Yann Hamon - 0 Rickard Österberg - 1

Game 2

Yann reached for his sideboard and brought in a Steal Artifact, Engineered Plague, Cursed Totem and a Stifle. He took out one each of Talisman, Mystical Tutor, Thran Dynamo and Chrome Mox.

Österberg's sideboard plan was more devastating as he brought in two Shattering Pulse, two of his three Rack and Ruins, and another Mindslaver. He took out a Citanul Flute, Masticore, Gilded Lotus, Lightning Greaves and a Pentavus.

Yann's opening hand featured a pair of lands, a pair of Talismans, Duress, Brainstorm and Tinker. When he used the Duress he saw that the Norwegian was holding Tinker, Shattering Pulse, Thirst for Knowledge, Voltaic Key, two Shivan Reef and an Ancient Tomb. He took the Tinker without much deliberation. Österberg nodded in agreement.

The Voltaic Key was Rickard's opening play and he was forced to scratch his head when a Talisman of Dominance saw play on turn two. He tried to gauge how relevant the mana was for the Frenchman and tried to get a read on him, "Do you need that one?"

Yann knew his opponent was thinking about burning the Shattering Pulse and shrugged, "Your choice..."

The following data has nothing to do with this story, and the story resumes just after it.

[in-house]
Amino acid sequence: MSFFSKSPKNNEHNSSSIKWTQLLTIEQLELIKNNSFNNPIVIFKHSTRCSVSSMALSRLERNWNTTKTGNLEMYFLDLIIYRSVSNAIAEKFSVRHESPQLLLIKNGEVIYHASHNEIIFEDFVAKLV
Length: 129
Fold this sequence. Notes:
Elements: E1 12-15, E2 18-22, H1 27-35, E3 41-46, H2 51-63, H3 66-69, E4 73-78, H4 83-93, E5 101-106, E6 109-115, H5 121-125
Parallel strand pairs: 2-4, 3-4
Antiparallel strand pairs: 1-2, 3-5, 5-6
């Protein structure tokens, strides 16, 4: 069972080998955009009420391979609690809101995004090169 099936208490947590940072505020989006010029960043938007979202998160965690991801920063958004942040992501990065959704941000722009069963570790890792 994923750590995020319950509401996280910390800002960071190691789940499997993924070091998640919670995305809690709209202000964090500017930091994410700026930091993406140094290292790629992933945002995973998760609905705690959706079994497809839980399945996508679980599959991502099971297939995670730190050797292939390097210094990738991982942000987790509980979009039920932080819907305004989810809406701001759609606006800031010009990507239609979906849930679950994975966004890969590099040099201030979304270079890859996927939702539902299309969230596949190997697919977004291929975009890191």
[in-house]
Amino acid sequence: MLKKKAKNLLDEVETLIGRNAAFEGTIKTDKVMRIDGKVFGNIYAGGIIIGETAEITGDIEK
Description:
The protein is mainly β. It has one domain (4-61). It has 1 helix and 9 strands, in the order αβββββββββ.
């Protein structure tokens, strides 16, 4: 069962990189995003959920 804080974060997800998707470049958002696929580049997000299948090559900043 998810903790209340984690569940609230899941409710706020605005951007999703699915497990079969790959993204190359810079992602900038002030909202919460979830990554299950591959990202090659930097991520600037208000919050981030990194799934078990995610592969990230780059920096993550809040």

Österberg has drawn a Thirst for Knowledge and decided to hold off on the Pulse to draw three cards at the end of Yann's next turn. He played the Tomb and passed the turn. Yann had been out of land but he used the Talisman to Brainstorm and saw additional lands on the way. He played a land and another Talisman on the next turn. He then tapped the two Talismans to play a Grim Monolith.

Rickard's EOT Thirst for Knowledge was spicy. He drew another Shattering Pulse, Rack and Ruin and a Goblin Welder. He discarded a City of Traitors and his Shattering Pulse. His draw step yielded a Grim Monolith but he held it back and cast rack and Ruin to smoke a Talisman and Monolith on the other side of the table. He fell to thirteen when he tapped his Shivan Reef to play a Welder.

Yann used a Brainstorm to find more cards and dug up Duress. He cast it and had a choice of Thirst, Monolith or Shattering Pulse. Yann took so much time deciding which card to choose that Mike Guptil came over and gave the table judge a nudge to speed things up. The Japanese Sideboard reporter's eyelids were fluttering and he was threatening to slide out of his chair at any minute. Eventually he took the Thirst for Knowledge.